How much has NIL impacted women’s college basketball recruiting?
Editor’s note: Over the past month, The Athletic has spoken with more than 30 women’s college basketball coaches about an array of topics, from tournament expansion to athletic directors to X’s and O’s. These coaches, who hail from power conferences and high mid-majors, were granted anonymity to allow them to speak openly without fear of retribution from their programs or the NCAA. Throughout the week, we’re sharing coaches’ thoughts on the most pressing issues in their sport. Though not every response is included, answers represent all opinions expressed.
When the NCAA approved its first landmark national NIL policy in July 2021, everyone pondered what the college sports landscape would look like after this seismic shift: How much would athletes make? How would it transform sports? Would college sports still be amateur?
Nearly two years later, most of those questions persist.
How much are athletes making? It’s hard to say unless the athlete is open to disclosing financial details, and most are not. Some women’s basketball players have signed major brand partnerships, like Iowa’s Caitlin Clark (Nike, Hy-Vee, Topps), Stanford’s Haley Jones (Nike, The Players Tribune, SoFi), LSU’s Flau’jae Johnson (Puma, Meta), UCLA’s Kiki Rice (Jordan Brand, Dove), UConn’s Paige Bueckers (Gatorade, Crocs, Bose), South Carolina’s Aliyah Boston (Bose, Crocs, Orangetheory), Miami’s Haley and Hanna Cavinder (Under Armour, Victoria’s Secret) and UConn’s Azzi Fudd (NBPA, Nerf). But the majority of women’s college basketball players aren’t raking in those kinds of deals.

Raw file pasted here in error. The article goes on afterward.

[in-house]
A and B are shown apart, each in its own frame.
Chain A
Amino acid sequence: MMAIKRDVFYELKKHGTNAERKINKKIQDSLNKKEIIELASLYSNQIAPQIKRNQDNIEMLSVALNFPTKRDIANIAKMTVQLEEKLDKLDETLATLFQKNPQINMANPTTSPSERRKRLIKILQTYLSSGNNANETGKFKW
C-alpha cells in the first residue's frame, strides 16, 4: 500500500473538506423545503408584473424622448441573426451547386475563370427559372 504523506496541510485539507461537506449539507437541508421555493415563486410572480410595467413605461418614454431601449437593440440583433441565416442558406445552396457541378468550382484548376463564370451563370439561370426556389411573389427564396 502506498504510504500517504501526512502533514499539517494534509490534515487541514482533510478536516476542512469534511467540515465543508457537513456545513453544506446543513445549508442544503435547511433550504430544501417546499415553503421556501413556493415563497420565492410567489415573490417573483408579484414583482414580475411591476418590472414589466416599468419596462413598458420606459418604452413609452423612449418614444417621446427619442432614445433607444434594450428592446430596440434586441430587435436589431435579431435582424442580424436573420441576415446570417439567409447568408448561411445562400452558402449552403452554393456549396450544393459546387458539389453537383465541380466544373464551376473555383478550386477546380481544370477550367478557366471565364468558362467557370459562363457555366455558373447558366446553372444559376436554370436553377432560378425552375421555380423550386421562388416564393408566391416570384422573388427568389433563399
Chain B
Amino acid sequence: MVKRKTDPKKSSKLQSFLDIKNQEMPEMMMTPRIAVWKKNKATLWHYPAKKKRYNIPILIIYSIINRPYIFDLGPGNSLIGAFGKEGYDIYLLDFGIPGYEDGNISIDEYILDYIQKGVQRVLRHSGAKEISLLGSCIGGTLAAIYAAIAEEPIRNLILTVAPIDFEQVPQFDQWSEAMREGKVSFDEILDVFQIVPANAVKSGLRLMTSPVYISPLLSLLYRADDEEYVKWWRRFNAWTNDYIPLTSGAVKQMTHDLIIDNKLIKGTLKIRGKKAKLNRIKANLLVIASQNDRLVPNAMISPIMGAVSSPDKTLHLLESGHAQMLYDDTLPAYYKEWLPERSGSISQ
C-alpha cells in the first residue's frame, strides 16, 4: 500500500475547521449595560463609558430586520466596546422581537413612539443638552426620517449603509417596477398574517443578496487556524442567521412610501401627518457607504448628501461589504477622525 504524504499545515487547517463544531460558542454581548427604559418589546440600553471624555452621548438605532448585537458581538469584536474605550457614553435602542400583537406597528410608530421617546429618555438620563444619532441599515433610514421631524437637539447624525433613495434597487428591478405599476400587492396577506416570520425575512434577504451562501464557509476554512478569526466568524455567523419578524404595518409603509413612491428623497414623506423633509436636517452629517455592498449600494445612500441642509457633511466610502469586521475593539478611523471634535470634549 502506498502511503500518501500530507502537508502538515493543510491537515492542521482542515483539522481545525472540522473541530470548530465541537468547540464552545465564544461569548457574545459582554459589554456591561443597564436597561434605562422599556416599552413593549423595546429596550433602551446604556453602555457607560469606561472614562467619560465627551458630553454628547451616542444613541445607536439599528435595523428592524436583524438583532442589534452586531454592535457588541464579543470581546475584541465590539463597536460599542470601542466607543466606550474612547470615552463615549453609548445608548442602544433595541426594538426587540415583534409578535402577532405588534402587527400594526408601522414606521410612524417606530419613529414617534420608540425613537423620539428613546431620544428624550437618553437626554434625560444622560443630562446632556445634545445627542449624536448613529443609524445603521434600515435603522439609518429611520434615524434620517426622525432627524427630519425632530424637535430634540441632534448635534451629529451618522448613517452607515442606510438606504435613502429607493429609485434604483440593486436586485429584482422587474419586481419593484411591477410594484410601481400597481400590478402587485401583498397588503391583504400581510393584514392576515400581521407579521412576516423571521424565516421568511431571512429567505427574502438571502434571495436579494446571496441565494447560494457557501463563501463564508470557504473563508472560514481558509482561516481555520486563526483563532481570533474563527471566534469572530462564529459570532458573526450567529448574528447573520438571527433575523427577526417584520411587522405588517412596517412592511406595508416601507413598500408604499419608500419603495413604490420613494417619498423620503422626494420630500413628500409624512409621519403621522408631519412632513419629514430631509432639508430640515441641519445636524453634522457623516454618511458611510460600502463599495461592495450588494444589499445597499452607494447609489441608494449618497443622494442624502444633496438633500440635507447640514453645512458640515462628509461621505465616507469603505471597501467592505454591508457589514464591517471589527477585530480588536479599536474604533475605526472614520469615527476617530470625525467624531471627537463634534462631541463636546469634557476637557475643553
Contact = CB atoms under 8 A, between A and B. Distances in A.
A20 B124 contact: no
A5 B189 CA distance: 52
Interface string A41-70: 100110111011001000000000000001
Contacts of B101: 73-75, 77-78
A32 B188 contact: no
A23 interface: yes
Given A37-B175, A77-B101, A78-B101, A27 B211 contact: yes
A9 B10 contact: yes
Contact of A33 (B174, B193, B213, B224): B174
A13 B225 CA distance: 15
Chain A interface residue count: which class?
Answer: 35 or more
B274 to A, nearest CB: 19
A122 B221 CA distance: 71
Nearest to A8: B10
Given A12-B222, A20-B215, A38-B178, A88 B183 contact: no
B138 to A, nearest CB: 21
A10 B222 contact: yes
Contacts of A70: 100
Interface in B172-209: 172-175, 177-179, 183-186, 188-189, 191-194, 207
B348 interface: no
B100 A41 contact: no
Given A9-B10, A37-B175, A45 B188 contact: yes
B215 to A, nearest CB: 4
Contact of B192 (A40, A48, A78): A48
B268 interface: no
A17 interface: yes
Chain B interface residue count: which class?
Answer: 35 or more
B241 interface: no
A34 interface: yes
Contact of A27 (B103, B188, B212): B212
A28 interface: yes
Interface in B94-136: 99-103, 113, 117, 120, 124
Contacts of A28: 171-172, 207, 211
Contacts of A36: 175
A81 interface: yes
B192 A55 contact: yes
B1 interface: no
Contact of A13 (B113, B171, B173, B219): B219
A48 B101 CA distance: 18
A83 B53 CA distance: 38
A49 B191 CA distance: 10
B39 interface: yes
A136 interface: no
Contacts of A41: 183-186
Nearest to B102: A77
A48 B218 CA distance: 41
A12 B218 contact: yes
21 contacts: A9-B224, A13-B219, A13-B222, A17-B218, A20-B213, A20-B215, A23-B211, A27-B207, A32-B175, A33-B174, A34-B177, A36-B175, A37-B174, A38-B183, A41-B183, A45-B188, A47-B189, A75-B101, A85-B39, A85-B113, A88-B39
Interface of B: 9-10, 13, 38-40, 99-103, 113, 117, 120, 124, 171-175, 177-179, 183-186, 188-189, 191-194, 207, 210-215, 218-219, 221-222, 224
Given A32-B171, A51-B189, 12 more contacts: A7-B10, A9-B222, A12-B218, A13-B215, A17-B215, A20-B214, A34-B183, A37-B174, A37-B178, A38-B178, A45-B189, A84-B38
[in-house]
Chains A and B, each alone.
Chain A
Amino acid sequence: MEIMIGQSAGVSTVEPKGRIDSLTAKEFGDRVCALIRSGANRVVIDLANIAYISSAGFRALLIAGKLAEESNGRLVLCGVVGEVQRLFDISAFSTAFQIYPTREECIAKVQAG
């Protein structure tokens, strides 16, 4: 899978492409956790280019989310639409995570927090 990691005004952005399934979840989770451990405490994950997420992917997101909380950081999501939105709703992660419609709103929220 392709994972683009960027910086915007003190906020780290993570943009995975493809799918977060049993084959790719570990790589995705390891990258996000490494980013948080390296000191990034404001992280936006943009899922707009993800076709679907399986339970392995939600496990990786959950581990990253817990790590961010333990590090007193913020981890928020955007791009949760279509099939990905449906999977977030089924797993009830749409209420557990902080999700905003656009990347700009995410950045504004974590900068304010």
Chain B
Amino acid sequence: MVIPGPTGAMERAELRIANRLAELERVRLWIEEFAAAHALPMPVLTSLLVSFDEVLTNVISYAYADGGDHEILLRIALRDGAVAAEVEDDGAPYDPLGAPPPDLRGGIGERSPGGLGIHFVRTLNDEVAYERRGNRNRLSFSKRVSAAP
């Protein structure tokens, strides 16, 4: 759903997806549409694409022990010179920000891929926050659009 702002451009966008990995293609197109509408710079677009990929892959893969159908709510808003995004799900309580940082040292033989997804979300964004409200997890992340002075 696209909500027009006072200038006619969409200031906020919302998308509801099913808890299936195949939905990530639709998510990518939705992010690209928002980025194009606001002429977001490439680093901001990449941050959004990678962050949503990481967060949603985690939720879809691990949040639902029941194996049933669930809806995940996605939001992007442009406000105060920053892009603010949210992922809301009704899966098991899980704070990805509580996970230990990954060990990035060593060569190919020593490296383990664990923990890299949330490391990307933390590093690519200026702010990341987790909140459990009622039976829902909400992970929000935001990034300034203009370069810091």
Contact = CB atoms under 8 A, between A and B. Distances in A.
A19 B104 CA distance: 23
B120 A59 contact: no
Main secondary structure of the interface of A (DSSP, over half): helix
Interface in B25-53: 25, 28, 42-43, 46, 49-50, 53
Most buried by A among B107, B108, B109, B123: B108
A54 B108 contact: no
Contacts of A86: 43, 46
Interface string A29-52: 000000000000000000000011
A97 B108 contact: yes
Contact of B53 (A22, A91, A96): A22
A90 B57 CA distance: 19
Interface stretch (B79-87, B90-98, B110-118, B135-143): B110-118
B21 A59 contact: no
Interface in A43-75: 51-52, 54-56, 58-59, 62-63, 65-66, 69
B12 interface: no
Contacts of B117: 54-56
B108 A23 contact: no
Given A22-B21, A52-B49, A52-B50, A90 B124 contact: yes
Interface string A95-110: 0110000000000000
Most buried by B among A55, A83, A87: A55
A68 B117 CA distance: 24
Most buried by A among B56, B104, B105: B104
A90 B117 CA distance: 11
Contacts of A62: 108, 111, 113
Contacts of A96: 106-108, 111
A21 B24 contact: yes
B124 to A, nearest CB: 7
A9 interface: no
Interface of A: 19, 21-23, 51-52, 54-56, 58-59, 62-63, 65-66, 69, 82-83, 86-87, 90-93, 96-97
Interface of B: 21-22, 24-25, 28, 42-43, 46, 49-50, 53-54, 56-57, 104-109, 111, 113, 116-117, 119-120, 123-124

Though those top athletes have secured deals worth upwards of six figures, the average women’s basketball player earns significantly less. Per data gathered by INFLCR, during the first year of NIL, the average deal for a women’s basketball guard was $1,441, while the average deals for centers ($503) and forwards ($390) were even less.
Some schools also have collectives — registered groups of donors — that have deals with revenue teams or hope to have deals with those teams. This season, South Carolina’s collective — Garnet Trust — signed women’s basketball players to deals of at least $25,000 and Iowa’s Swarm collective signed players to $15,000 NIL deals. UCLA coach Cori Close has said her goal is to have $50,000 NIL deals in place for each of her women’s basketball players next season.
How has NIL transformed sports? For some athletes and sports, very little. For others, significantly. For the NCAA, entirely.
Is college sports still amateur? This seems to differ from athlete to athlete, even within each sport, and probably depends more on one’s definition of amateur. For sports with less exposure, not a lot has changed. But for high-visibility athletes who are signing agents and inking brand partnerships, it certainly feels a lot more like the professional ranks. For most women’s basketball players, it’s somewhere in between.